Convex Seascape Survey

Welcome to the beginning of a new and unique scientific programme

In partnership with

How does the ocean impact climate change?

One of the great unsolved scientific questions of our time is how does the ocean impact climate change? The seascape is the ultimate sink for carbon emissions and, in a time of climate emergency, could be an immense ally in efforts to slow runaway planetary warming.

The role of mangroves, seagrass and saltmarsh to sequester and store carbon is increasingly recognised. But we have little idea of the carbon sequestering capacity of vast areas of the coastal shelf and the extraordinary animals and plants that live there, or how managing it differently could increase carbon storage. The sea is therefore critically undervalued and overlooked because of insufficient and inconclusive data.

One thing is certain however: we cannot solve the climate crisis without the ocean. There is a huge need for a major science initiative with the seabed at its heart.

Hidden jewel anemone

The same impact as closing all cement and chemical works

The best estimates are that coastal waters and continental shelves could provide 6 per cent of the carbon drawdown needed to slow the rise in global temperatures to 1.5 degrees – the same impact as closing all the world’s cement and chemical industries. Gathering accurate data to quantify how healthy seascapes thriving with life can absorb carbon has never been more timely or important.

The Convex Seascape Survey

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A five-year global research programme

Blue Marine Foundation, the University of Exeter and Convex Insurance Group Limited have partnered on an ambitious, five-year global research programme that will provide the critical data and insight on what the world needs in order to fully incorporate the ocean into efforts to slow climate change: The Convex Seascape Survey.
This builds on two successful, high-profile science programmes that supplied incontrovertible evidence that climate change was already the cause of major disruption: The Catlin Arctic Survey, and the Catlin Seaview Survey. The former demonstrated the alarming thinning of Arctic sea ice, while the latter global health check on coral reefs showed serious, widespread degradation and decline in the face of global warming.

Our objectives

What do we want to find out?

seal on seabed
Seascape carbon – Where is it, how and when did it get there and where did it come from?
spider crab close up
What are the main human influences on seascape carbon?
What is the role of life and biodiversity on seascape carbon storage?

Our approach

How are we going to do it?

  1. We will sample and quantify seascape carbon in polar, temperate and tropical seas
  2. We will mine existing data sources and develop hydrographic models to create a global inventory of blue carbon
  3. We will sample seabed sediments and molecularly fingerprint them to determine the size of carbon deposits and where they came from, and to refine predictions from hydrographic models
  4. Field observations will be complemented by lab experiments to investigate the role of seascape life in trapping and burying carbon on the seabed, find out how human influences may disrupt these processes, and determine the benefits of seascape protection to life and carbon storage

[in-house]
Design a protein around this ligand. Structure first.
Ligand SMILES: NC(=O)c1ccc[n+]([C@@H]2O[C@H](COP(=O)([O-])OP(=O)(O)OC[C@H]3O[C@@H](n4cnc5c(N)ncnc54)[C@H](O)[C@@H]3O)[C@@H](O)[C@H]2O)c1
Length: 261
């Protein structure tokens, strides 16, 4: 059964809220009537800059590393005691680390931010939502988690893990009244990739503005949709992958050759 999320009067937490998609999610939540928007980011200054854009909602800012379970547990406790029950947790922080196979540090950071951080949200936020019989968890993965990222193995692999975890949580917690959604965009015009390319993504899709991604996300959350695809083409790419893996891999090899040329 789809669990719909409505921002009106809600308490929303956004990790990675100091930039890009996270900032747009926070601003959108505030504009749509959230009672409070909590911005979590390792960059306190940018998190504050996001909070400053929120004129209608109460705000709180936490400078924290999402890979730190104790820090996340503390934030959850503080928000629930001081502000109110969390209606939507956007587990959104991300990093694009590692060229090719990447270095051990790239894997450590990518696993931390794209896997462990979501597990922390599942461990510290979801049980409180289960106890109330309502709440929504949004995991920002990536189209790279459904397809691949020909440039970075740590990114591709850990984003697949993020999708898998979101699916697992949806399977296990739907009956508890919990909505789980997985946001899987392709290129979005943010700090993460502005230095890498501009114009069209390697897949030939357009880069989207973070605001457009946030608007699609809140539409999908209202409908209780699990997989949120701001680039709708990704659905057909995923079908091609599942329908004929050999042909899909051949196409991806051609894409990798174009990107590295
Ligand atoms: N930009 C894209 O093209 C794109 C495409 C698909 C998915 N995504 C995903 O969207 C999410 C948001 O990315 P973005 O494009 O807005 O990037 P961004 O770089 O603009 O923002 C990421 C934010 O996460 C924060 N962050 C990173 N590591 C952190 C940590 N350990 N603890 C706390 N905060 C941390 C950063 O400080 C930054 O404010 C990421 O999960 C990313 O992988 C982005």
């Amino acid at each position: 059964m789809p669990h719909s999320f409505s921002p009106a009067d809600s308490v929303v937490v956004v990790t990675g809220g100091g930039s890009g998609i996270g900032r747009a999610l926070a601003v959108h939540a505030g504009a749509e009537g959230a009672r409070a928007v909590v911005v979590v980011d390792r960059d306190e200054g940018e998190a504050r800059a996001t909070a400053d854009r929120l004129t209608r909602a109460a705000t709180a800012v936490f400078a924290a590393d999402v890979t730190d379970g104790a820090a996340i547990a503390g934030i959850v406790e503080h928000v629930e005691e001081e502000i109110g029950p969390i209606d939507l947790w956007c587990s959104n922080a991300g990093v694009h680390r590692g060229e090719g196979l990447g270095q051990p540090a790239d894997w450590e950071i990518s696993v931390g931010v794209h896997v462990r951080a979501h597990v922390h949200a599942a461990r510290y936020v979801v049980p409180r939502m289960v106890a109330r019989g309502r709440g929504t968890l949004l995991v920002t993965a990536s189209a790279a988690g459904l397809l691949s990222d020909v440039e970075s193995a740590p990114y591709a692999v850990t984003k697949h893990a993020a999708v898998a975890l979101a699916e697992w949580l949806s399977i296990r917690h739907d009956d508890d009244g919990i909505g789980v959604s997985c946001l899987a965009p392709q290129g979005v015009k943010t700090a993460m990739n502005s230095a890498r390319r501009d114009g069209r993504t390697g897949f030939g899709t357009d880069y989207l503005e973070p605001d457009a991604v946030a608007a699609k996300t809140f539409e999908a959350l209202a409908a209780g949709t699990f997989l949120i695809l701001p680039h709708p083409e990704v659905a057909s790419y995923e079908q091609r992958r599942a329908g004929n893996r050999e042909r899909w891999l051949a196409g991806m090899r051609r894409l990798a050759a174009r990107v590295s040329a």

Our milestones

The seascape survey will take place over five years and will consist of four distinct work packages running concurrently.

The where, when, how and what of blue carbon in the seascape
Human influences on seascape carbon
Life and biodiversity effects on blue carbon capture and burial, plus the benefits of marine protection
Education and outreach

Desired outcomes

What will the Convex Seascape Survey achieve?

Create publicly accessible, high quality data on seascape blue carbon stores and their vulnerability
Increased understanding and transparency around the capacity of the ocean as a carbon sink and how it can be better managed
Engage young people, general public, governments and UN climate change decision-makers in the role and value of ocean carbon
Communication and education programme to raise global awareness and press coverage
Potential to properly integrate consideration of ocean health into global political efforts to slow and stabilise climate change

Meet the team

Charles Clover
Executive Director
George Duffield
Development director
Dan Crockett
Development Director
Seascape Survey Programme Manager
Gabriella Gilkes
Seascape Survey
Programme Manager
Communications Lead
Jo Coumbe
Communications Director
Communications and Outreach Lead
Elyssa Quinton
Elyssa Quinton
Seascape Survey
Media and Education Coordinator
Chair and CEO
Stephen Catlin
Chairman and CEO
Project Chair
Rachel Delhaise
Rachel Delhaise
Head of Sustainability
Ashley Stockwell
Chief Marketing Officer
Chief Scientist
Professor Callum Roberts
Professor of Marine Conservation
Chief Scientist
Professor Dan Charman
Pro Vice Chancellor
Project Champion
the when what and how of seascape carbon
Professor James Scourse
Professor of Physical Geography
Lead Researcher (WP1)
human influences on seascape carbon
Dr Ruth Thurstan
Senior Lecturer in Marine Social-Ecological Systems
Lead Researcher (WP2)
Professor of Conservation Science
Professor Brendan Godley
Professor of Conservation Science
Lead Researcher
human influences on seascape carbon
Dr Julie Hawkins
College of Life and Environmental Sciences
Researcher (WP2)
human influences on seascape carbon
Dr Ceri Lewis
Associate Professor in Marine Biology
Lead Researcher (WP3)
Dr Jamie Shutler
Associate Professor of Earth Observation
Lead Researcher (WP3&4)
Dr Kristian Metcalfe
Lecturer in Marine Conservation Science
Researcher WP3
Professor Tim Lenton
Director, Global Systems Institute
Researcher WP2
Dr Paul Halloran
Associate Professor
Researcher WP2

Our partners

The Convex Seascape Survey

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